[Vision2020] Geese at Darby road.

g crabtree direoutcome at gmail.com
Sat Dec 1 13:09:07 PST 2018

Oh Sam, I have such happy news! I was feeling rather blue about the demise
of Rogers
goose preserve and took a walk out to the construction site thinking I
would find chaos.
Imagine my surprise when upon my arrival my eyes beheld a Christmas
miracle. Geese!
Many hundreds of glorious geese! Amazingly enough, not a hundred yards to
the east
was an identical patch of land that suited out Canadian guests in the
manner to which
they had become accustomed. I suppose that I could be wrong but it seemed
as though
the hunkering honkers could scarce tell the difference. What a glorious day!


P.S. An additional wonderment is that the construction site appeared to be
surrounded by run-off barriers and did not seem to be adding in any way to
the creeks
payload. I am sure that Roger's mournful elegy is to be thanked for
bringing about
all these wondrous turns of fortune and thank him I do. From the bottom of
my despicable
heart and without excuse.


On Fri, Nov 30, 2018 at 1:28 PM Sam Scripter <moscowsam at charter.net> wrote:

> A sad story, indeed, Roger. Surely, I visualize from your description.
> I wonder where they found rest from their journey?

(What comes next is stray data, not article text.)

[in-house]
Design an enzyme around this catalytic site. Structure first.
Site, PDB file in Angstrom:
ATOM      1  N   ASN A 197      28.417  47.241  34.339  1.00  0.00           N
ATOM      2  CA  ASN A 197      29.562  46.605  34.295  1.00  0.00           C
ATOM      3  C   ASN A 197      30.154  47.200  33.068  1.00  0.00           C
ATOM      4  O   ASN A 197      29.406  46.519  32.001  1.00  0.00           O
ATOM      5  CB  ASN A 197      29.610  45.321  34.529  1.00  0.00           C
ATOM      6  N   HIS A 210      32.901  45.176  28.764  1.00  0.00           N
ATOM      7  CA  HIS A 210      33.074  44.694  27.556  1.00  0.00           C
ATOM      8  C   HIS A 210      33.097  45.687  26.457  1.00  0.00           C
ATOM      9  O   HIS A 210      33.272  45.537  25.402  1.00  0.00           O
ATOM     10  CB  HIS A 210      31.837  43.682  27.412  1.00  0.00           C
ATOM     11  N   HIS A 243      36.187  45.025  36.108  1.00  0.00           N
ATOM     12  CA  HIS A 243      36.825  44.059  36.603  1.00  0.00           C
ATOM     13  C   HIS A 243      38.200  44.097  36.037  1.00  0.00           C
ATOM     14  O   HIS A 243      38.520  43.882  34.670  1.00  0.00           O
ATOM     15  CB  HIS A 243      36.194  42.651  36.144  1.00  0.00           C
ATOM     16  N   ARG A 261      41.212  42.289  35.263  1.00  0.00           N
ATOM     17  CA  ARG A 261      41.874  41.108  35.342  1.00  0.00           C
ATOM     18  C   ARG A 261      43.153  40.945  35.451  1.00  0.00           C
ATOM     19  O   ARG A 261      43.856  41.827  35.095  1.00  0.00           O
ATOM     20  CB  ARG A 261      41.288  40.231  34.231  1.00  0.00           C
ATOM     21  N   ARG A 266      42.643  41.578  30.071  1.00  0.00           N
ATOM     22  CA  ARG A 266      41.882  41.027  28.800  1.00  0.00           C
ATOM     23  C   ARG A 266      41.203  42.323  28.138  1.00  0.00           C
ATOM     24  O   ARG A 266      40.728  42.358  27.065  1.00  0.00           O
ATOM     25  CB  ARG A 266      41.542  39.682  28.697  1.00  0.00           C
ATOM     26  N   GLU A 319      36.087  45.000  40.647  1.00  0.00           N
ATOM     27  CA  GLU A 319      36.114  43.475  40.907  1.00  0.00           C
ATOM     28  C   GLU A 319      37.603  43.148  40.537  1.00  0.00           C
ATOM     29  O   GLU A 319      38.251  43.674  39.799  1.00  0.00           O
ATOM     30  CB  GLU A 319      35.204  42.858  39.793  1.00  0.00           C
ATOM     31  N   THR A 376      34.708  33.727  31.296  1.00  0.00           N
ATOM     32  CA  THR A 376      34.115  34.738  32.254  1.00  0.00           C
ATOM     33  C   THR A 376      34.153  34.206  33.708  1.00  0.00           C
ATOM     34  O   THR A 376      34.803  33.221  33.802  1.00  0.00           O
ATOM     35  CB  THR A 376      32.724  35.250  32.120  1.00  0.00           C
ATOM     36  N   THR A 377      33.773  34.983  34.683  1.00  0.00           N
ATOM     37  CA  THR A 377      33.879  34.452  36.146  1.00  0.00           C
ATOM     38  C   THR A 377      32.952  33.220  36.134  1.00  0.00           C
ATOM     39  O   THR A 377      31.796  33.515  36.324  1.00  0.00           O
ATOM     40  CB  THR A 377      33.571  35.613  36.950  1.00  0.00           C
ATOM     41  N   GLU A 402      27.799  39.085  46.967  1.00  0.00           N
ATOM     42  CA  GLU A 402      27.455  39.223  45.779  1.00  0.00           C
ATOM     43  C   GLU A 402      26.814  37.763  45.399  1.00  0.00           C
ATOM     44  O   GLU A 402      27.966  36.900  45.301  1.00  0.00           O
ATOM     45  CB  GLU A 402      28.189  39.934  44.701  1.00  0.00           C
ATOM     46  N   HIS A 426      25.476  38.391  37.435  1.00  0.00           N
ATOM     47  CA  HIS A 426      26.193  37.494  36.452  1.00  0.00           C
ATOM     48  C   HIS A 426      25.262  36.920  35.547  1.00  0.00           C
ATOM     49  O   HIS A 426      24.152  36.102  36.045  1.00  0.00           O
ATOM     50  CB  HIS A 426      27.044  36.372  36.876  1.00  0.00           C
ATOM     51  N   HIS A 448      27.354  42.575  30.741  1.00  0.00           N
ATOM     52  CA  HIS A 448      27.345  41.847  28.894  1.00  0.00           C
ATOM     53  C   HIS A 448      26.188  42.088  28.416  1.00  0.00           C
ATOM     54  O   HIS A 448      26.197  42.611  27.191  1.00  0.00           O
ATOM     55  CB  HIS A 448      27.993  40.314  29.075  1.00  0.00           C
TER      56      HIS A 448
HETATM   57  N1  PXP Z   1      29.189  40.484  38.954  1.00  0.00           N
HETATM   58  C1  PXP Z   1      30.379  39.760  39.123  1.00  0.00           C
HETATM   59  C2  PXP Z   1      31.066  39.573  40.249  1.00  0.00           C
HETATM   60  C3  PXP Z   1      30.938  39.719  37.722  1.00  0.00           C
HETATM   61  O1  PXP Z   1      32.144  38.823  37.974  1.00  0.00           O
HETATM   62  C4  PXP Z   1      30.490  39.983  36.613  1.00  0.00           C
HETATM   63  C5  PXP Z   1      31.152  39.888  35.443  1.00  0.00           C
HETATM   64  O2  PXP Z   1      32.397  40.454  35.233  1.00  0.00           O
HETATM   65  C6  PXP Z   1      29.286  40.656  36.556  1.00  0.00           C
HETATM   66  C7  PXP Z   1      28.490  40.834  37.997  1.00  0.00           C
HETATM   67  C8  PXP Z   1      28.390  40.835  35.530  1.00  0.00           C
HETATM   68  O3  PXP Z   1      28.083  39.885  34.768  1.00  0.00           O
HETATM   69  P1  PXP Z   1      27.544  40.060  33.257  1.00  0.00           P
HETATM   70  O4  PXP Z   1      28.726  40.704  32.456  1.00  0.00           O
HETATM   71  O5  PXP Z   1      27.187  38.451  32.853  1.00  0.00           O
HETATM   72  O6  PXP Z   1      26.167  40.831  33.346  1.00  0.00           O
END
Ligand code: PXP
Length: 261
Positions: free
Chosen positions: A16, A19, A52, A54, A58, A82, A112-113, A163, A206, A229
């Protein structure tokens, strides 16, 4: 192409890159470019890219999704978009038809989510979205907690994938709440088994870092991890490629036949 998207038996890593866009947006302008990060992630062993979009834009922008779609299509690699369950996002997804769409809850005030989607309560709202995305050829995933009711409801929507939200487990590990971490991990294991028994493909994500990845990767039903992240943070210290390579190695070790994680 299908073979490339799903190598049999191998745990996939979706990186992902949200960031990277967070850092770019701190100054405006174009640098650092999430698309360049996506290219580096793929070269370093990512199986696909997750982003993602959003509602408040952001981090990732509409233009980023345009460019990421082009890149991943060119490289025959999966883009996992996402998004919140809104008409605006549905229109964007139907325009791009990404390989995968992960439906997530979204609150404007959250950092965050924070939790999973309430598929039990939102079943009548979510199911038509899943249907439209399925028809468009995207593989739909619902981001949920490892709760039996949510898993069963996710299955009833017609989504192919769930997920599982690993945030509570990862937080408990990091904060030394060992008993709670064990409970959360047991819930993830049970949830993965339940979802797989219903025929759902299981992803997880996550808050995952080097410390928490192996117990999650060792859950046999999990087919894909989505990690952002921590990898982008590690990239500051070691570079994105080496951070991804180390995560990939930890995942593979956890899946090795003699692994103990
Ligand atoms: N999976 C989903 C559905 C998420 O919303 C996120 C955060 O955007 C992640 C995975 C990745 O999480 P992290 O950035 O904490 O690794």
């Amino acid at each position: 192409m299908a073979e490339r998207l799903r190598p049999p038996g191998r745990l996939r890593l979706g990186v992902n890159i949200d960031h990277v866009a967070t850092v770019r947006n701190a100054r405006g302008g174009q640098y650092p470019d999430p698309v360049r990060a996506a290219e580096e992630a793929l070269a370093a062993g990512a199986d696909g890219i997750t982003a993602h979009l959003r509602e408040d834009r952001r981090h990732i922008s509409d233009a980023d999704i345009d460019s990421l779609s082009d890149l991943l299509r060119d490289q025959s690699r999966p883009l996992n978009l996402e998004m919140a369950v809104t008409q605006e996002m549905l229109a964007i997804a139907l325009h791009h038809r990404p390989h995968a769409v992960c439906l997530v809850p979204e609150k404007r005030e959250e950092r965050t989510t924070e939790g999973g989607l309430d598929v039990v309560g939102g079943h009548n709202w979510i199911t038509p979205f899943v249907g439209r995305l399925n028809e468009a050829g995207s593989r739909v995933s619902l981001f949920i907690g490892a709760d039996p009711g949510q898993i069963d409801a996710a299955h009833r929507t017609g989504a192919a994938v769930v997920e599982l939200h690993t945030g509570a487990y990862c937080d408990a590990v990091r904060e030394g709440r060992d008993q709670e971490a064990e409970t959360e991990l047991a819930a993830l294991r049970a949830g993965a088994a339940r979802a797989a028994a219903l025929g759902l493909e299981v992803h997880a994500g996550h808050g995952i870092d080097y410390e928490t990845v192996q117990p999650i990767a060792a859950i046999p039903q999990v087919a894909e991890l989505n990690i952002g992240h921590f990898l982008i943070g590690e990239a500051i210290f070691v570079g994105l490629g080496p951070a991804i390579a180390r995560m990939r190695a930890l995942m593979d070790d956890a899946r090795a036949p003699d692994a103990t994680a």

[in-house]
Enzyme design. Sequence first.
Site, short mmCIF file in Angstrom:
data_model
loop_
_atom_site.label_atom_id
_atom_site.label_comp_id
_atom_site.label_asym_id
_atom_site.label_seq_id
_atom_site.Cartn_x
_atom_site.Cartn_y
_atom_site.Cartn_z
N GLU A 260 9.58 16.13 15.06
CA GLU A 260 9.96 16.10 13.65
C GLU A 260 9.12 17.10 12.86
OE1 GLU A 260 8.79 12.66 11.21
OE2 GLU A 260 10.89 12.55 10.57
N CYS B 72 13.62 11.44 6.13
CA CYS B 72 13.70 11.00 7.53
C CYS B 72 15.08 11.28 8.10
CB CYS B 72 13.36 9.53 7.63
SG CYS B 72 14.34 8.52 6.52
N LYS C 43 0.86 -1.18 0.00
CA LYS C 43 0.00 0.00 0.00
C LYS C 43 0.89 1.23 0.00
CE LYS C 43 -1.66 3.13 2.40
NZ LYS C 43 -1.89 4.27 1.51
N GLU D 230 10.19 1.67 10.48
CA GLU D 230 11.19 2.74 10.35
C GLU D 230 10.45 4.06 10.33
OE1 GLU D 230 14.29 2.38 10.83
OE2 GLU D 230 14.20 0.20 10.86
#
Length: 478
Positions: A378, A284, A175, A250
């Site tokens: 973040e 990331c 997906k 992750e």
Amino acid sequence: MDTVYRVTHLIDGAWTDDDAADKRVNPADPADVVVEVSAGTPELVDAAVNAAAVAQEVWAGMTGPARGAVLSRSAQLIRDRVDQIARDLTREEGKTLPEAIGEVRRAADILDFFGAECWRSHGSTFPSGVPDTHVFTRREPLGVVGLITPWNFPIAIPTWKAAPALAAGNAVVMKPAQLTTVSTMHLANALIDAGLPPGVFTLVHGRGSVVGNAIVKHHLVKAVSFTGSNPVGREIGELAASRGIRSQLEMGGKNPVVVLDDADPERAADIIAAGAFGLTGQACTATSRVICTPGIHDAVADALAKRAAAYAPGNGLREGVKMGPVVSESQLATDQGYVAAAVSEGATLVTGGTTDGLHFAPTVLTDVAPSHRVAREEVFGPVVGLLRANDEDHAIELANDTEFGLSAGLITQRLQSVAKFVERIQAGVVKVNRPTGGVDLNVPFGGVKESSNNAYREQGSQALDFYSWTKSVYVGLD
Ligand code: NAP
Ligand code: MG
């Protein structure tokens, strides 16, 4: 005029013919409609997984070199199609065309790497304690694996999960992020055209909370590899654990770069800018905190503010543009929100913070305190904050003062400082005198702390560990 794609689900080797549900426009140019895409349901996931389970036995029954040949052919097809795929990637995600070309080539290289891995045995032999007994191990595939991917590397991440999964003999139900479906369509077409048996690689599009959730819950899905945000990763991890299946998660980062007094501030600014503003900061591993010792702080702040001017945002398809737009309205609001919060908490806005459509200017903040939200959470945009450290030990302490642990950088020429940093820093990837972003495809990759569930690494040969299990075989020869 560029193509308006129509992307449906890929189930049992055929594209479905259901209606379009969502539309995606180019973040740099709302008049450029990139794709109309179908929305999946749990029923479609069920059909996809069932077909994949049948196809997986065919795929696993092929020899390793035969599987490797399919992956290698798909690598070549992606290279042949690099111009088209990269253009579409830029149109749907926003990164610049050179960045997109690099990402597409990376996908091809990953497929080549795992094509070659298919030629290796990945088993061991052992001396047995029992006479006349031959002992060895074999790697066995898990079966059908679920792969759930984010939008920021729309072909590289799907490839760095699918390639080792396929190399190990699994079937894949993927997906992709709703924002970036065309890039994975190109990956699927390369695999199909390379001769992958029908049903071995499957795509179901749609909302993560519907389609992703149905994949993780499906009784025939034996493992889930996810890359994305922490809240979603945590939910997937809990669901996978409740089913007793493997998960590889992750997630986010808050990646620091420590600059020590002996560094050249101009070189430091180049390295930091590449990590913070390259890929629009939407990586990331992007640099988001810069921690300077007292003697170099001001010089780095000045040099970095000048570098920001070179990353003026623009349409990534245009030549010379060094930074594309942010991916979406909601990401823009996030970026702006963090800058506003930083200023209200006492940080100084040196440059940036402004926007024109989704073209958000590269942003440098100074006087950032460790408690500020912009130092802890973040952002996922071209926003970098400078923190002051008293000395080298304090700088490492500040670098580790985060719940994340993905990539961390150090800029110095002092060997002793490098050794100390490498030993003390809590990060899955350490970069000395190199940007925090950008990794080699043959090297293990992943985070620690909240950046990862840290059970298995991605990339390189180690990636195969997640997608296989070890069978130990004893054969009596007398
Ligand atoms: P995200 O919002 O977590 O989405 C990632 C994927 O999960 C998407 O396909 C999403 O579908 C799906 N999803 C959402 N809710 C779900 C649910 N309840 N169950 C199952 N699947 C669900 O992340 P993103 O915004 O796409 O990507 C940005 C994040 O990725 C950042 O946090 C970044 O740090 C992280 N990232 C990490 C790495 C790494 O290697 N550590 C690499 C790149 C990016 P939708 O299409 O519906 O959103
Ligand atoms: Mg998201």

> Sam S
> Via InoMail on Moto Android
> -------- Original Message --------
> November 30, 2018 11:18:07 AM HST, "rhayes at frontier.com" <
> rhayes at frontier.com> wrote:
> This is not a happy story. I was walking the dog at Mt View when several
> hundred migrating geese flew in from the north. They were low so I could
> hear the whistling of their wings as they passed. For generations, or as
> long as I have been here (1/2 a century), they land every late fall in the
> field just east of the park. It's kind of a semi-wet land where they glean
> and hunker down for a spell and rest. Well, they circled the area a couple
> of times looking down on earth movers, back hoes, and dump trucks ripping
> up the ground, then the leaders turned south, the rest following.
> I have always enjoyed watching them gather in that field calling down
> others to join them as new flocks pass. I usually don't anthropomorphize,
> but I think they might have been sad. For sure I was for them. This would
> have been a wonderful Trail family legacy to bequeath that land to Moscow
> Parks. Gone now. And the creek is just flowing mud from the run-off.
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